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Mol Metab. 2013 Nov 26;3(2):124-34. doi: 10.1016/j.molmet.2013.11.003. eCollection 2014.

Opening of the mitochondrial permeability transition pore links mitochondrial dysfunction to insulin resistance in skeletal muscle.

Author information

1
Department of Pharmacology, University of Virginia, Charlottesville, VA 22908, USA.
2
Department of Medicine, University of Virginia, Charlottesville, VA 22908, USA ; Robert M. Berne Cardiovascular Research Center, University of Virginia, Charlottesville, VA 22908, USA.
3
Diabetes and Obesity Program, Garvan Institute of Medical Research, 384 Victoria St., Darlinghurst, NSW 2010, Australia.
4
Department of Pharmacology, University of Virginia, Charlottesville, VA 22908, USA ; Emily Couric Clinical Cancer Center, University of Virginia, Charlottesville, VA 22908, USA.
5
Teijin Pharma Limited, 4-3-2, Asahigaoka, Hino, Tokyo 191-8512, Japan.
6
Department of Pediatrics, University of Cincinnati, Cincinnati Children's Hospital Medical Center, Howard Hughes Medical Institute, Cincinnati, OH, USA.
7
Department of Pharmacology, University of New South Wales, Sydney, NSW, Australia.
8
Diabetes and Obesity Program, Garvan Institute of Medical Research, 384 Victoria St., Darlinghurst, NSW 2010, Australia ; School of Medical Sciences, University of New South Wales, Sydney, NSW, Australia ; School of Biotechnology and Biomolecular Sciences, University of New South Wales, Sydney, NSW, Australia.
9
Department of Pharmacology, University of Virginia, Charlottesville, VA 22908, USA ; Department of Medicine, University of Virginia, Charlottesville, VA 22908, USA ; Robert M. Berne Cardiovascular Research Center, University of Virginia, Charlottesville, VA 22908, USA.
10
Department of Pharmacology, University of Virginia, Charlottesville, VA 22908, USA ; Department of Medicine, University of Virginia, Charlottesville, VA 22908, USA ; Robert M. Berne Cardiovascular Research Center, University of Virginia, Charlottesville, VA 22908, USA ; Emily Couric Clinical Cancer Center, University of Virginia, Charlottesville, VA 22908, USA.

Abstract

Insulin resistance is associated with mitochondrial dysfunction, but the mechanism by which mitochondria inhibit insulin-stimulated glucose uptake into the cytoplasm is unclear. The mitochondrial permeability transition pore (mPTP) is a protein complex that facilitates the exchange of molecules between the mitochondrial matrix and cytoplasm, and opening of the mPTP occurs in response to physiological stressors that are associated with insulin resistance. In this study, we investigated whether mPTP opening provides a link between mitochondrial dysfunction and insulin resistance by inhibiting the mPTP gatekeeper protein cyclophilin D (CypD) in vivo and in vitro. Mice lacking CypD were protected from high fat diet-induced glucose intolerance due to increased glucose uptake in skeletal muscle. The mitochondria in CypD knockout muscle were resistant to diet-induced swelling and had improved calcium retention capacity compared to controls; however, no changes were observed in muscle oxidative damage, insulin signaling, lipotoxic lipid accumulation or mitochondrial bioenergetics. In vitro, we tested 4 models of insulin resistance that are linked to mitochondrial dysfunction in cultured skeletal muscle cells including antimycin A, C2-ceramide, ferutinin, and palmitate. In all models, we observed that pharmacological inhibition of mPTP opening with the CypD inhibitor cyclosporin A was sufficient to prevent insulin resistance at the level of insulin-stimulated GLUT4 translocation to the plasma membrane. The protective effects of mPTP inhibition on insulin sensitivity were associated with improved mitochondrial calcium retention capacity but did not involve changes in insulin signaling both in vitro and in vivo. In sum, these data place the mPTP at a critical intersection between alterations in mitochondrial function and insulin resistance in skeletal muscle.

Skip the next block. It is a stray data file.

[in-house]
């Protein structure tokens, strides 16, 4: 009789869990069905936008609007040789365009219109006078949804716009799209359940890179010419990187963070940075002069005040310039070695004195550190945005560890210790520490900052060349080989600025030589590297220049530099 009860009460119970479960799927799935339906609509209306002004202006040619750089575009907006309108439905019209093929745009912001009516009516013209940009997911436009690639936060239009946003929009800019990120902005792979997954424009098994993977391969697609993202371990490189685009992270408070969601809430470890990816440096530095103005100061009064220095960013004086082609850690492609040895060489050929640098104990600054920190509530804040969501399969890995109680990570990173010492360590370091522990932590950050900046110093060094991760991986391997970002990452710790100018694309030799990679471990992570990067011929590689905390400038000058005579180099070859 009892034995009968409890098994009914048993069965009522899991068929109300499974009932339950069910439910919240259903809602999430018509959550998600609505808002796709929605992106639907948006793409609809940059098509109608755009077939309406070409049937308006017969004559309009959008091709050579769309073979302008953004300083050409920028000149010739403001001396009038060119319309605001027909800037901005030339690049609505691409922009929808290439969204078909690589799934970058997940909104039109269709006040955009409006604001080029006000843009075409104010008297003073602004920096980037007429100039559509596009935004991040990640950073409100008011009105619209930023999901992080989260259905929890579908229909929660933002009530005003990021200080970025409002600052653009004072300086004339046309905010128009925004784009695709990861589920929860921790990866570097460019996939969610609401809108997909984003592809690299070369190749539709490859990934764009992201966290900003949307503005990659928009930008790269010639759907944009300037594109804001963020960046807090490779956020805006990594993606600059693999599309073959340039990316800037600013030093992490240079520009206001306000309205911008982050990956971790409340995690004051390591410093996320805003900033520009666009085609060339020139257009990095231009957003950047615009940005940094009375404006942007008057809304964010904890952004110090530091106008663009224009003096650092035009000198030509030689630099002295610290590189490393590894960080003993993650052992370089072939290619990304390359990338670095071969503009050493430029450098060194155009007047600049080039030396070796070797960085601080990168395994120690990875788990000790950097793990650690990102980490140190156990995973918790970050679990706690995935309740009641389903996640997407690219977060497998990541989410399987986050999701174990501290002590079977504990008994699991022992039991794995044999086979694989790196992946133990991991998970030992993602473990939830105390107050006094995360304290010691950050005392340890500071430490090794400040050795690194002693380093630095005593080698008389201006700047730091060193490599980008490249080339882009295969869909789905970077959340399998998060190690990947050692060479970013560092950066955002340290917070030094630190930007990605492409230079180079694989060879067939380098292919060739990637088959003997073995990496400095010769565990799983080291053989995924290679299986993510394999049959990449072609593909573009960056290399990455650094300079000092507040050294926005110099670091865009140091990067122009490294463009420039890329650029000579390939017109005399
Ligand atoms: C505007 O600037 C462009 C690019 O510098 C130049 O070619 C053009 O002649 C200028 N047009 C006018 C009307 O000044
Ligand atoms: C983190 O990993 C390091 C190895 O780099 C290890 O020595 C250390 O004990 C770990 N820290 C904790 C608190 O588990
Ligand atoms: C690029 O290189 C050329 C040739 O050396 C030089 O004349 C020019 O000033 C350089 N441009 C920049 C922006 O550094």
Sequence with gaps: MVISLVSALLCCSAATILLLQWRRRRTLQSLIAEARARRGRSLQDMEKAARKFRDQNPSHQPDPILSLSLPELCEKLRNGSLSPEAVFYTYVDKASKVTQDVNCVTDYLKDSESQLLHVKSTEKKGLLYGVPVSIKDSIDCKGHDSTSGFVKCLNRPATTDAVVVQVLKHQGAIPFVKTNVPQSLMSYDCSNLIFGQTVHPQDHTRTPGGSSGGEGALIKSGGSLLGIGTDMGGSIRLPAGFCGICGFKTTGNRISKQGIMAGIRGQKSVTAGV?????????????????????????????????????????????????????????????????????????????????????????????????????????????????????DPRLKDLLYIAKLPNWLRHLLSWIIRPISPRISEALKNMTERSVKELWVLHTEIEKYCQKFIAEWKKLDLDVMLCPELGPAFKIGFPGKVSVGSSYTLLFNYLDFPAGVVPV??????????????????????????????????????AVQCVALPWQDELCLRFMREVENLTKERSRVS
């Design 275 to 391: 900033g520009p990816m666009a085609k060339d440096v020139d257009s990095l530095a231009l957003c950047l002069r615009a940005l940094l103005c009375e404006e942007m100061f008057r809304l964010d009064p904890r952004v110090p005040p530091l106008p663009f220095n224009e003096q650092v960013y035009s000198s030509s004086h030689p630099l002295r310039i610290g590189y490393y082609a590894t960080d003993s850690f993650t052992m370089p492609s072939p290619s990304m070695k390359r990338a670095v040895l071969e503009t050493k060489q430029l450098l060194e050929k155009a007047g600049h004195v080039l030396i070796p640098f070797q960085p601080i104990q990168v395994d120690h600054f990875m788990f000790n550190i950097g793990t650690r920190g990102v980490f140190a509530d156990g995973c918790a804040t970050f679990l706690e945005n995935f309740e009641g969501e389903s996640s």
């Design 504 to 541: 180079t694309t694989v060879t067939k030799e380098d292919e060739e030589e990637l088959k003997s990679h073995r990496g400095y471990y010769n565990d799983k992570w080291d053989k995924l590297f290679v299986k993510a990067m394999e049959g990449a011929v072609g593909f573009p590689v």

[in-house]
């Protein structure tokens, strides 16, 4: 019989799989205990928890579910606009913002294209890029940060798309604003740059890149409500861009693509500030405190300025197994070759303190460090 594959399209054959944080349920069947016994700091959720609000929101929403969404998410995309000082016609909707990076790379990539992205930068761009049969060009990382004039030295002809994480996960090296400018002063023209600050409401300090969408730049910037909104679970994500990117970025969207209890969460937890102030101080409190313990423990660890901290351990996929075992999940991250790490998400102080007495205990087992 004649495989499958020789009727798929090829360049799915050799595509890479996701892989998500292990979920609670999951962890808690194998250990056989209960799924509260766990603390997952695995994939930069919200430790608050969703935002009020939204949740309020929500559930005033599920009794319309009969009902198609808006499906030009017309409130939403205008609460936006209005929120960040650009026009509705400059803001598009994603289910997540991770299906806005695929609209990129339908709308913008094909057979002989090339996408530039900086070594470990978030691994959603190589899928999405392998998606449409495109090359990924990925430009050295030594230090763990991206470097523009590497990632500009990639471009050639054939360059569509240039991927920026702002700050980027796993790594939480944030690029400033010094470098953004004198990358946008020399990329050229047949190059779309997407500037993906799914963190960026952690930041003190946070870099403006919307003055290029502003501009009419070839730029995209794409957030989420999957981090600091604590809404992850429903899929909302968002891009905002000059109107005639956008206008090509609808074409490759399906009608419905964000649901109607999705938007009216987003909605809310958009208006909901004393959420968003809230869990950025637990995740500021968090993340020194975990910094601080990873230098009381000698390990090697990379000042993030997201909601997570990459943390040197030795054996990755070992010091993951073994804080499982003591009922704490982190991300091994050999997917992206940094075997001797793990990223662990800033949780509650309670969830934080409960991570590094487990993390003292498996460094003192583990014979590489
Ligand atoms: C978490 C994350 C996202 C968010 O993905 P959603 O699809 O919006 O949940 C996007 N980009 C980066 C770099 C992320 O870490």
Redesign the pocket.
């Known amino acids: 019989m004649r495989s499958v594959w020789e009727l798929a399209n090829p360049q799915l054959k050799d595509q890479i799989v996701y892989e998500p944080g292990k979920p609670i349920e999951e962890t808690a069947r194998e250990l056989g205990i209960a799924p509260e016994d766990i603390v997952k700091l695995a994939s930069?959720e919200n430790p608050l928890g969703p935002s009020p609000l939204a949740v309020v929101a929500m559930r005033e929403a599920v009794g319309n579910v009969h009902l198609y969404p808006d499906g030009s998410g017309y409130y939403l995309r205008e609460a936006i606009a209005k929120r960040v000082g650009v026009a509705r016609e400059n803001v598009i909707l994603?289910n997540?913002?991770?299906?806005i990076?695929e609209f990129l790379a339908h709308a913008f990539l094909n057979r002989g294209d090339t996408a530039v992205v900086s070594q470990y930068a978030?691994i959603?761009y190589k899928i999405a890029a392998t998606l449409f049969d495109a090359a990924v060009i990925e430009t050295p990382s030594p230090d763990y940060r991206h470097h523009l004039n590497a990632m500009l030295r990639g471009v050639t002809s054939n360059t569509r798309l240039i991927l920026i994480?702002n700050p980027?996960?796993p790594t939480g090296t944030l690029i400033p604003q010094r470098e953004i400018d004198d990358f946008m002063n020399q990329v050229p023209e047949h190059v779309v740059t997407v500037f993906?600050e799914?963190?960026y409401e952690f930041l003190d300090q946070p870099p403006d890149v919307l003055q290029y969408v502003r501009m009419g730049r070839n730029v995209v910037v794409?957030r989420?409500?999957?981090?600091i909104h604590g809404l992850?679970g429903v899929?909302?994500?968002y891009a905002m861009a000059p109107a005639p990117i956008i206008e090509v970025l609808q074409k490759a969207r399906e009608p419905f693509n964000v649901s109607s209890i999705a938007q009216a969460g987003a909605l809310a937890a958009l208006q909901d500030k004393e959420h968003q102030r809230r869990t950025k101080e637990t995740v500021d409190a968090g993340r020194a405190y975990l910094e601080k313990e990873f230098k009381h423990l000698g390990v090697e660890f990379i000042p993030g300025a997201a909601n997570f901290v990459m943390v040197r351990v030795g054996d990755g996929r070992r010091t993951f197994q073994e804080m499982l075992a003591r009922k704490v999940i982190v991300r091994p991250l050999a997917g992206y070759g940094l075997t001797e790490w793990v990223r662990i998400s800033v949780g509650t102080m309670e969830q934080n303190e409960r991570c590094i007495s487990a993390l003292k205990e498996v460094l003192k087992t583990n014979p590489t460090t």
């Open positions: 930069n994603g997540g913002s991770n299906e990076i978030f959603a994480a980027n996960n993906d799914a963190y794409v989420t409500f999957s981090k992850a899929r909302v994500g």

KEYWORDS:

ANT, adenine nucleotide translocator; BKA, bongkrekic acid; CSA, cyclosporin A; CYPD, cyclophilin D; Cyclophilin D; DAG, diacylglycerol; ETC, electron transport chain; FFA, free fatty acid; Glucose; HFD, high fat diet; HK2, hexokinase 2; Insulin resistance; KO, knockout; LFD, low fat diet; MCAD, medium chain acyl-CoA dehydrogenase; MHC, myosin heavy chain; MIRKO, muscle insulin receptor knockout; MPTP, mitochondrial permeability transition pore; Mitochondrial dysfunction; Mitochondrial permeability transition pore; MnSOD, mitochondrial manganese superoxide dismutase; O2•, superoxide; OXPHOS, oxidative phosphorylation; PDH, pyruvate dehydrogenase; PDHa, active PDH; PDHt, total PDH; PM, plasma membrane; Rg′, rate of glucose transport; Skeletal muscle; TBARS, thiobarbituric acid reactive substances; TEM, transmission electron microscopy; VDAC, voltage-dependent anion channel; WT, wild type; [3H]-2-DOG, [3H]-2-deoxyglucose; β-HAD, β-hydroxyacyl-CoA dehydrogenase

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